President Cyril Ramaphosa’s Government picked Shamila Batohi, the first woman in history, to become South Africa’s new chief prosecutor. "As we address matters that South Africans are most concerned about —such as state capture, corruption and widespread crime— our country needs a National Prosecuting Authority that is above reproach," Ramaphosa said.
Batohi’s reputation as a former prosecutions chief in the KwaZulu province, a senior adviser prosecutor at the International Criminal Court (ICC) and a Nelson Mandela-appointee to investigate apartheid-period dead squads, precedes her as being “highly experienced.”
The appointment of the new chief prosecutor is seen, by some analysts, as a move by Ramaphosa to distance himself from Zuma’s scandal-tainted image and reinforces his campaign promise to fight corruption.
The president has been accused, by some members of the opposition, of protecting former President Jacob Zuma against being prosecuted for involvement in acts of corruption related to a 1990s arms deal.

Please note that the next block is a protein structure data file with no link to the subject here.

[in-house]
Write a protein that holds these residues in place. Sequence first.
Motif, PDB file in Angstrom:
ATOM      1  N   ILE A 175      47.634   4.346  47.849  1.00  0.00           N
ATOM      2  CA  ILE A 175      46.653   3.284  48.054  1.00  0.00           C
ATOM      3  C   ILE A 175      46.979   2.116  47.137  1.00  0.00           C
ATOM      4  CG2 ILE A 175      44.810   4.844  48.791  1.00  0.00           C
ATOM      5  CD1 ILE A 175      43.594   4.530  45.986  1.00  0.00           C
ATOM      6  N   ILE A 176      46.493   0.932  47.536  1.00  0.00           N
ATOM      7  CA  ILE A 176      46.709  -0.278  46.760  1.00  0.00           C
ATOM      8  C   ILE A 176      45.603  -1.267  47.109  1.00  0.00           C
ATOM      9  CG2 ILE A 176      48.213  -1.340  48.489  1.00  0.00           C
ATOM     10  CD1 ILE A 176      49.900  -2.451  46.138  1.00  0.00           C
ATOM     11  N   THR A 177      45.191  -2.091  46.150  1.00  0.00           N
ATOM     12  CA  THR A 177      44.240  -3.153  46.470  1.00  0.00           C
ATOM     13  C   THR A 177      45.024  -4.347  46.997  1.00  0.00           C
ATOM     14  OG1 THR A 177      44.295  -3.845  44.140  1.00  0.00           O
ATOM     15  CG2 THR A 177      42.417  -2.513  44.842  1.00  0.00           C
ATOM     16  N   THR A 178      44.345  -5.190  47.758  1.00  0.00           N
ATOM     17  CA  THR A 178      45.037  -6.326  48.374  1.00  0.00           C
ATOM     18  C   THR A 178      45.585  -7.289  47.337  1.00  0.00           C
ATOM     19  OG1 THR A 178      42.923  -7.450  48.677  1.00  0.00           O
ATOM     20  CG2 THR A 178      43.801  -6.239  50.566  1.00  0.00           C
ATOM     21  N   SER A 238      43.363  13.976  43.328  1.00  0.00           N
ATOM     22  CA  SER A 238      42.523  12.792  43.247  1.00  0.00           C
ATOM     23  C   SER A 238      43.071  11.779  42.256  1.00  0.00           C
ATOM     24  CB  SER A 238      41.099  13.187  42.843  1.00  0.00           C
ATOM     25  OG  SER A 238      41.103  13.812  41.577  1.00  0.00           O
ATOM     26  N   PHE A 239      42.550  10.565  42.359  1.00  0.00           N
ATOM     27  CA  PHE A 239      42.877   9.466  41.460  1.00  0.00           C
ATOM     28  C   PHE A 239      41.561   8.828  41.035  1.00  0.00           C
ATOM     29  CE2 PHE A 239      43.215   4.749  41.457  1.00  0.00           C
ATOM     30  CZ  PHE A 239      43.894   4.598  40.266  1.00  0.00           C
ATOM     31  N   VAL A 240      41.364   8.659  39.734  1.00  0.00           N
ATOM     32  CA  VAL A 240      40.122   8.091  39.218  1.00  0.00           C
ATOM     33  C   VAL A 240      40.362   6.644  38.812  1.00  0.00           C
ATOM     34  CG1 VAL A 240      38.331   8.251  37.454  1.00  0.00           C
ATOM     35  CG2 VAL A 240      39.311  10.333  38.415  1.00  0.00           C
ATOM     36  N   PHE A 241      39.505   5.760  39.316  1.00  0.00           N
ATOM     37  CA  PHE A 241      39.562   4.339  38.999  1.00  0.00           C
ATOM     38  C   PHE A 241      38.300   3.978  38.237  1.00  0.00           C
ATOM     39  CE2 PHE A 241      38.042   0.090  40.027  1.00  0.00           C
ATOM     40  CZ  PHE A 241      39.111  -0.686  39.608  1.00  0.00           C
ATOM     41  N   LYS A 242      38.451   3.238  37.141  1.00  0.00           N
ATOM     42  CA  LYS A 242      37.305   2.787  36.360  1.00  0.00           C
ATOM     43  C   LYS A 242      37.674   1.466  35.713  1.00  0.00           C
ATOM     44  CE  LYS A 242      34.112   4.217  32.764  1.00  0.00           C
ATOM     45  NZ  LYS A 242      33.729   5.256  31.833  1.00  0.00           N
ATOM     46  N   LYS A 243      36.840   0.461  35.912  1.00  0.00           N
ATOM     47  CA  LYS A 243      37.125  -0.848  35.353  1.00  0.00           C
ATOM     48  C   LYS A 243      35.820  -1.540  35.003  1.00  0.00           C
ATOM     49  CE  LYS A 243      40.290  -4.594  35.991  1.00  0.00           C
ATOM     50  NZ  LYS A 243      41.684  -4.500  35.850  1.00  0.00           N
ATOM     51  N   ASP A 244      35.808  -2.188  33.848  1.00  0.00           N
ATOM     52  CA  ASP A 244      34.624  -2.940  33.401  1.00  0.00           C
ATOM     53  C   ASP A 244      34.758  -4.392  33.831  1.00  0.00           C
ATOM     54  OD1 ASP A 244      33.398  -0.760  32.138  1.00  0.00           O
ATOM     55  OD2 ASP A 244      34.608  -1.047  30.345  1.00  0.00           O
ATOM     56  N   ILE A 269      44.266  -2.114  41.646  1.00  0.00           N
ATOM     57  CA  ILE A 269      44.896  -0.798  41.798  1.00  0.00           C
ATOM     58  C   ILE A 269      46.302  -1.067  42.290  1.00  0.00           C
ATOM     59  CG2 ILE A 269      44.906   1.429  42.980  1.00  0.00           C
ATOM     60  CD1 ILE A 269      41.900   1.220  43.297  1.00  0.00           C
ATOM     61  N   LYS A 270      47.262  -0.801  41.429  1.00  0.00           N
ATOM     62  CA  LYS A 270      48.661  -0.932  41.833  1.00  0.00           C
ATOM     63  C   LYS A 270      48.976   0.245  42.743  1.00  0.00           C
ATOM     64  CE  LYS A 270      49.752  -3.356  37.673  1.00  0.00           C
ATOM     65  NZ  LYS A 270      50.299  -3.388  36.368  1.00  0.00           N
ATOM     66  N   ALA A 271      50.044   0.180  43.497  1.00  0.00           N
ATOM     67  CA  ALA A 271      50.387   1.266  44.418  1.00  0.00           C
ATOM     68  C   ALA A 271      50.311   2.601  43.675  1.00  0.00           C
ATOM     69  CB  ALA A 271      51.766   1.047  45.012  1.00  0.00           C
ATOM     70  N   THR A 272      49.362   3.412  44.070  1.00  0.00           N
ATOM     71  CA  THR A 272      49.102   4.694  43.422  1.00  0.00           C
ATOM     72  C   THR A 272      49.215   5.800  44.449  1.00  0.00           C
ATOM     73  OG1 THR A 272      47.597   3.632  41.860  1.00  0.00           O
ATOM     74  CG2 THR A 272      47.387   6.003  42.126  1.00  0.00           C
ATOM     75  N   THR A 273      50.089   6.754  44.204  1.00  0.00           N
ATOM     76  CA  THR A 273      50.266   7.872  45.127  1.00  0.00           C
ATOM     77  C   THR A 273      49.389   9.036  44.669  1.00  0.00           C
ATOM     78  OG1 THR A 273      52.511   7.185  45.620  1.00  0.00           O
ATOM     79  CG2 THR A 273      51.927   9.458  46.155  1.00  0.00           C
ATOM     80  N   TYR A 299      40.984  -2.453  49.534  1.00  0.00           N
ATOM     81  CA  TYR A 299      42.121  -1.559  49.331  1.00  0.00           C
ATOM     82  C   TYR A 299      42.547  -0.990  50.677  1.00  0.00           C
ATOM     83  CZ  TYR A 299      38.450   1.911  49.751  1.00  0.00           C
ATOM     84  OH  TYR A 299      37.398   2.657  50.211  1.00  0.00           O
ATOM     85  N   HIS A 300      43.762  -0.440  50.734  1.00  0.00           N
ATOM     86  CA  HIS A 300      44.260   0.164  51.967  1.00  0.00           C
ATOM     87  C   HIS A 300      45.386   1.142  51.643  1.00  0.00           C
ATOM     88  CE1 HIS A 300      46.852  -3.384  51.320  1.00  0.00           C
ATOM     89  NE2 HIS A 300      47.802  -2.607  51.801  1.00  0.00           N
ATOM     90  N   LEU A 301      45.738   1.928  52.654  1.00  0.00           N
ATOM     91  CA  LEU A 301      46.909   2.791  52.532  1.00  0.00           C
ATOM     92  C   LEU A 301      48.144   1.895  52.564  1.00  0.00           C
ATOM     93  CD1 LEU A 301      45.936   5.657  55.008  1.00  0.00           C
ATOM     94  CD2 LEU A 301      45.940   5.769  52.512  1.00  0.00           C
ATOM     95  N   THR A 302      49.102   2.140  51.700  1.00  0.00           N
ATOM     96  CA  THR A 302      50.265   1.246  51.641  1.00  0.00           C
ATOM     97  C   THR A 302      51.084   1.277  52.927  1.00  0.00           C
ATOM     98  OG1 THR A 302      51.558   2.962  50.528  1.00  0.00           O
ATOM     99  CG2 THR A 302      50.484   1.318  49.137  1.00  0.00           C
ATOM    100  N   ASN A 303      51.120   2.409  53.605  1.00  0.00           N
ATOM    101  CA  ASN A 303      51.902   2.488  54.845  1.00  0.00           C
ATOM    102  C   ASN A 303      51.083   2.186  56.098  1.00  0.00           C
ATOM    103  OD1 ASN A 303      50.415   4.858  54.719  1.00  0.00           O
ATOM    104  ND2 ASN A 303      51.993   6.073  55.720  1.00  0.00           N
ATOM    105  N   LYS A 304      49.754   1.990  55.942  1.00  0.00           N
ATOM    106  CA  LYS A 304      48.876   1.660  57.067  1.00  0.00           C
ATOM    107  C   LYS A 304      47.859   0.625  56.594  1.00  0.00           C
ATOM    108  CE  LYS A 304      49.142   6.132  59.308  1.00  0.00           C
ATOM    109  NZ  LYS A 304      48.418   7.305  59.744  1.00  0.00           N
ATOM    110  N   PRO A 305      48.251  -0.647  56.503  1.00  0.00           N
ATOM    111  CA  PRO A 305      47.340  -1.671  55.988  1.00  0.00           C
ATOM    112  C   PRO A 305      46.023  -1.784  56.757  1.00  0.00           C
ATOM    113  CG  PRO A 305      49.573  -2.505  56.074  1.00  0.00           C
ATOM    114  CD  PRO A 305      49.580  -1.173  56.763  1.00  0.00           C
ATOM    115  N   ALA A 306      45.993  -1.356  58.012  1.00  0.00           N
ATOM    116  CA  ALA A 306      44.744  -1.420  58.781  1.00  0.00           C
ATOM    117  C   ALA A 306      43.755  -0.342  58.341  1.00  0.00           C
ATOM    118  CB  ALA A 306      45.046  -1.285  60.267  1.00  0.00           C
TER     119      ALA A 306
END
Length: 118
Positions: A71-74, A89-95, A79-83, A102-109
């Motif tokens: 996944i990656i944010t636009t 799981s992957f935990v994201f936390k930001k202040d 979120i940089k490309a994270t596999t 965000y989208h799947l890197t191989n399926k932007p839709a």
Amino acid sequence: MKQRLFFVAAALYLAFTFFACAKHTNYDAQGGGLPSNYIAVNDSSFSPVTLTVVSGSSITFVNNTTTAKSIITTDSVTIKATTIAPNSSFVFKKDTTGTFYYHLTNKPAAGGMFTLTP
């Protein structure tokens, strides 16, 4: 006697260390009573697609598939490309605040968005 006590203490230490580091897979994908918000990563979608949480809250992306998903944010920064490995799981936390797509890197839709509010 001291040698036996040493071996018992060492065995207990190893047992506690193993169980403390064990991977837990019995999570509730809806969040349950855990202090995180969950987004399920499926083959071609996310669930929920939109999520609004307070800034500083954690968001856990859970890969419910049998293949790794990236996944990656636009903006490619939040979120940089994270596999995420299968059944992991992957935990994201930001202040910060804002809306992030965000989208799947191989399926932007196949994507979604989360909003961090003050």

Ramaphosa’s previous chief prosecutor, Shaun Abrahams, earned a reputation for carrying out the head of state's bidding, in protecting Zuma. However, at the end of his term, Abrahams reinstated graft charges against Zuma.
Batohi’s appointment also speaks to the increasing trend of women in South African politics, since the end of the apartheid. This is the work of policy changes as well as several organizations working to promote women’s rights, according to Priya Pitamber, from Brand South Africa. Before 1992, women only had a 2.7 percent representation in parliament.
“Current women ministers comprise 41% of the cabinet, women deputy ministers make up 47% of the total number of deputy ministers and there is a 41% representation of women in the National Assembly,” according to data presented by the government in 2015.